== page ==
Lessons Learned from Jefferson's Gardens at Monticello

Lessons Learned from Jefferson's Gardens at Monticello

435731679e6b9f054ae8affcee280ee49a44f0b3?w=240&h=240&fit=crop
Cambria Bold
Jul 1, 2010

If you've ever felt like giving up gardening when faced with yet another inexplicable crop failure or devastating pest infestation, take heart and look to Thomas Jefferson's gardens at Monticello for inspiration. After Jefferson left the White House in 1809 and moved to Monticello, he grew 170 varieties of fruits and 330 varieties of vegetables and herbs, until his death in 1826. Were all those varieties successful? Definitely not. According to The New York Times, he had a ton of failure, but he always believed that "the failure of one thing is repaired by the success of another."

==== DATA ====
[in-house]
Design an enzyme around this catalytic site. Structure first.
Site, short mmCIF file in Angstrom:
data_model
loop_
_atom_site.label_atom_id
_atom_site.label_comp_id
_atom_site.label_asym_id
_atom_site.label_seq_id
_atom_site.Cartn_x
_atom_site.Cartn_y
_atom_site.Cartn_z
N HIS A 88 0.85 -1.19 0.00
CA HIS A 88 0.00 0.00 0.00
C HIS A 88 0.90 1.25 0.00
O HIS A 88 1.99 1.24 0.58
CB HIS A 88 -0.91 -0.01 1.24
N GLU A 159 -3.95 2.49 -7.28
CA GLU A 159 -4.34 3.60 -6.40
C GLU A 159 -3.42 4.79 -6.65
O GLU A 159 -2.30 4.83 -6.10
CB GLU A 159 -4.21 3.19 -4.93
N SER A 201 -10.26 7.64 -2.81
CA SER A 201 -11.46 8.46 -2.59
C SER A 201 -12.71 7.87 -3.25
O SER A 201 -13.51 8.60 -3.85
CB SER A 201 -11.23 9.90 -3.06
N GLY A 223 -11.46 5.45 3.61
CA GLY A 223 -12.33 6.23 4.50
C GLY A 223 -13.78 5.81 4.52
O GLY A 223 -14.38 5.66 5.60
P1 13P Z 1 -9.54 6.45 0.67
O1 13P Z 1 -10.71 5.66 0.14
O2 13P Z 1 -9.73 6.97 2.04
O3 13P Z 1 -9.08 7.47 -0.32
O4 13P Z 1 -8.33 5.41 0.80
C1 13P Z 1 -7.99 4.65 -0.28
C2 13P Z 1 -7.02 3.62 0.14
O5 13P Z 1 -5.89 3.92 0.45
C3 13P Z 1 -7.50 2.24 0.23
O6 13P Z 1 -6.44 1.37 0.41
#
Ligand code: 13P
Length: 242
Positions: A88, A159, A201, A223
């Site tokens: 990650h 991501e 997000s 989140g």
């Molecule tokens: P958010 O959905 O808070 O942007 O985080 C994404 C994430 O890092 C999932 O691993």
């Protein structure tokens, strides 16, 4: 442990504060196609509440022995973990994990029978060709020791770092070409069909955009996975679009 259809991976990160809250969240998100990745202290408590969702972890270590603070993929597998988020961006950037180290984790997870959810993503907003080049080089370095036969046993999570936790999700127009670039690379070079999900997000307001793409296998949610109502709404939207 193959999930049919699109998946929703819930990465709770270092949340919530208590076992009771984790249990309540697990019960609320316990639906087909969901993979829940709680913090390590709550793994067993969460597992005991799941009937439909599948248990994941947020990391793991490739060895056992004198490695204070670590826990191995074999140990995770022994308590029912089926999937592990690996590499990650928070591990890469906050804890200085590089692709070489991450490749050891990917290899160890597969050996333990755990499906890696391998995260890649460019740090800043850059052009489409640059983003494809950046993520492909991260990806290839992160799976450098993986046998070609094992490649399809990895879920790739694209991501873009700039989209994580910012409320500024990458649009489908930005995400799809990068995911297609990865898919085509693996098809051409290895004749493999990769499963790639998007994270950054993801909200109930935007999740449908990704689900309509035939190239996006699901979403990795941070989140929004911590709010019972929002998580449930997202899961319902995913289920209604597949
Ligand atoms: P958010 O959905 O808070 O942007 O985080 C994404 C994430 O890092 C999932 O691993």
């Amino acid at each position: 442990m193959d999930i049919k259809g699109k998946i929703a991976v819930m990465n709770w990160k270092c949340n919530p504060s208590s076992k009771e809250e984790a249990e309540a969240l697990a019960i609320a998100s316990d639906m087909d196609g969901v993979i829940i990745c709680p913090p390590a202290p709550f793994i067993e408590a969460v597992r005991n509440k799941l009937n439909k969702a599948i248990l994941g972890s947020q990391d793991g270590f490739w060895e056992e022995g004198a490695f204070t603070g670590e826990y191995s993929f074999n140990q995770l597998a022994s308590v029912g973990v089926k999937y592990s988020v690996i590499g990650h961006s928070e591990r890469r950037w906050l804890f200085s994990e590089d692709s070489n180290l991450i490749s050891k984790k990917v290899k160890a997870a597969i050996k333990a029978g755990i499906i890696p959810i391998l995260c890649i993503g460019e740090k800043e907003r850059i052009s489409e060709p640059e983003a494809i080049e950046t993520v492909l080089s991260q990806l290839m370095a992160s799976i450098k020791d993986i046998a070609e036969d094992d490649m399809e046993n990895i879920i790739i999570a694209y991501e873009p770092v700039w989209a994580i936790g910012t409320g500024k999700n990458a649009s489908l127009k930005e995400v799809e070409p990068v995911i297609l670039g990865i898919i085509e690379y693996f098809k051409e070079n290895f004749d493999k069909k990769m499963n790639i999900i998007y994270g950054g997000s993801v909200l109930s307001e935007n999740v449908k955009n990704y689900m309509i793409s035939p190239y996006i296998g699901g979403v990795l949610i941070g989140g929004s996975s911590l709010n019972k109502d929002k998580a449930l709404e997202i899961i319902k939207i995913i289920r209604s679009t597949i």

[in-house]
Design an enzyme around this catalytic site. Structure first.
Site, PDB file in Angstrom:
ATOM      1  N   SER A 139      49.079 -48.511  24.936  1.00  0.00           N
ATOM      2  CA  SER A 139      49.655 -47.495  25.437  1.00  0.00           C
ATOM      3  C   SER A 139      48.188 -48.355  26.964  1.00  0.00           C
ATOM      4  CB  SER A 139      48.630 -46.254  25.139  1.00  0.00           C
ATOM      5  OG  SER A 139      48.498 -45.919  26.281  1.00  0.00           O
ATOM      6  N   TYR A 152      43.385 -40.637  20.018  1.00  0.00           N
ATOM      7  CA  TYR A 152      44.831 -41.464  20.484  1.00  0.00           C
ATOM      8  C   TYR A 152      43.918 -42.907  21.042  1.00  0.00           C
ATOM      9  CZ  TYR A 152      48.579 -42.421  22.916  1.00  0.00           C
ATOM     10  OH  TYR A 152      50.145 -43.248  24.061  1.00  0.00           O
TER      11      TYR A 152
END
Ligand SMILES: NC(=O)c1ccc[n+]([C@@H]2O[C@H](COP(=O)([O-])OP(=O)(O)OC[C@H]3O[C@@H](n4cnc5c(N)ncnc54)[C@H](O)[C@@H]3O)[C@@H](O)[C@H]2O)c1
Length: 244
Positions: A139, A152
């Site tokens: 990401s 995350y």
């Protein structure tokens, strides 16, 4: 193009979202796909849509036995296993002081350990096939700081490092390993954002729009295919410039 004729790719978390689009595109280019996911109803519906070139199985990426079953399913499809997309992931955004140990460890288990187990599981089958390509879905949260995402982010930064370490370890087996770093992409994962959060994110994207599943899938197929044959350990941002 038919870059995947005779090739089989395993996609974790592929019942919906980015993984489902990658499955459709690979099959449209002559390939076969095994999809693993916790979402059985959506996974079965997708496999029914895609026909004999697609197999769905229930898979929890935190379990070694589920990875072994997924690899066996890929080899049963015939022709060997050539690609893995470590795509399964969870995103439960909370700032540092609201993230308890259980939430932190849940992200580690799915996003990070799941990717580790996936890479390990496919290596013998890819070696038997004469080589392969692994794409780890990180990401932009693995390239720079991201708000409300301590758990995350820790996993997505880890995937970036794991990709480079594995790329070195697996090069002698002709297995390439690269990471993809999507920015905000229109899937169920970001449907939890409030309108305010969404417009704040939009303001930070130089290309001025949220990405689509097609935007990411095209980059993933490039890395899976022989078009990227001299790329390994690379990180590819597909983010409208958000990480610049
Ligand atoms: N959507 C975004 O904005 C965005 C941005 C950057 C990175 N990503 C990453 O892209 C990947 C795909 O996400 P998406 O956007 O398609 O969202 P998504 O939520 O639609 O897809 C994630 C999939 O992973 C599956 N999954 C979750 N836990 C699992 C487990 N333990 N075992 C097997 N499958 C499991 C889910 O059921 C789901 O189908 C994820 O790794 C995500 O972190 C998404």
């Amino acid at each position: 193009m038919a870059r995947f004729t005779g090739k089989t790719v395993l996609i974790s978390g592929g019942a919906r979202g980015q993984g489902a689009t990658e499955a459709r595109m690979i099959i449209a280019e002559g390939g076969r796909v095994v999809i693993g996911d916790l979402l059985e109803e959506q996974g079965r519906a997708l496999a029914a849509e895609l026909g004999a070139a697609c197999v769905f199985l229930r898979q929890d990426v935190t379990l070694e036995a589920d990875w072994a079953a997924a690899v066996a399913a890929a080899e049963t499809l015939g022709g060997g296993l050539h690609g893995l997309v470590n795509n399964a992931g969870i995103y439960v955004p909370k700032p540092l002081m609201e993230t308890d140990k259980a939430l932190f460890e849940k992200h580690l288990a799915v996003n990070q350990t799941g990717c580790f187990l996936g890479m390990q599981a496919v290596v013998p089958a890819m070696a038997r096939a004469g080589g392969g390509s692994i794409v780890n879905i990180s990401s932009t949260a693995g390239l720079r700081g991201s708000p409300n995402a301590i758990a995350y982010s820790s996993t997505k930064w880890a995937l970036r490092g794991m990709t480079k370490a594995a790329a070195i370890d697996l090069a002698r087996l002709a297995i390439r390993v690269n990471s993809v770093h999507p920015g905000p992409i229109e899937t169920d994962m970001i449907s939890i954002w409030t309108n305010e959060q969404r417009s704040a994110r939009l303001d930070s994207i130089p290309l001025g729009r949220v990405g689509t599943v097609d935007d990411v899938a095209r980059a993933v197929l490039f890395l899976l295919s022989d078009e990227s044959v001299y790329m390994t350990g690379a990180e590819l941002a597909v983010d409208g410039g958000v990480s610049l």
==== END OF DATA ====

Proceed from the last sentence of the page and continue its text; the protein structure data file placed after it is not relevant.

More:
Jefferson was known for gathering seeds and cuttings from around the world and gave them to friends and neighboring farmers for them to grow, even when he failed to grow them in his own garden. His eagerness to give away seeds and plants was "a great lesson about sharing stuff." His garden journals meticulously record all the drought, insects and disease that afflicted his garden between 1766 and 1824, in addition to every single seed that was sown, when it sprouted, flowered and came to table or died.

For more on Jefferson's gardens and his overwhelming perseverance, as well as tricks of the trade garnered from his journals, read the whole article at The New York Times.

(Image: Flickr member Fristle licensed for use under Creative Commons)

Created with Sketch.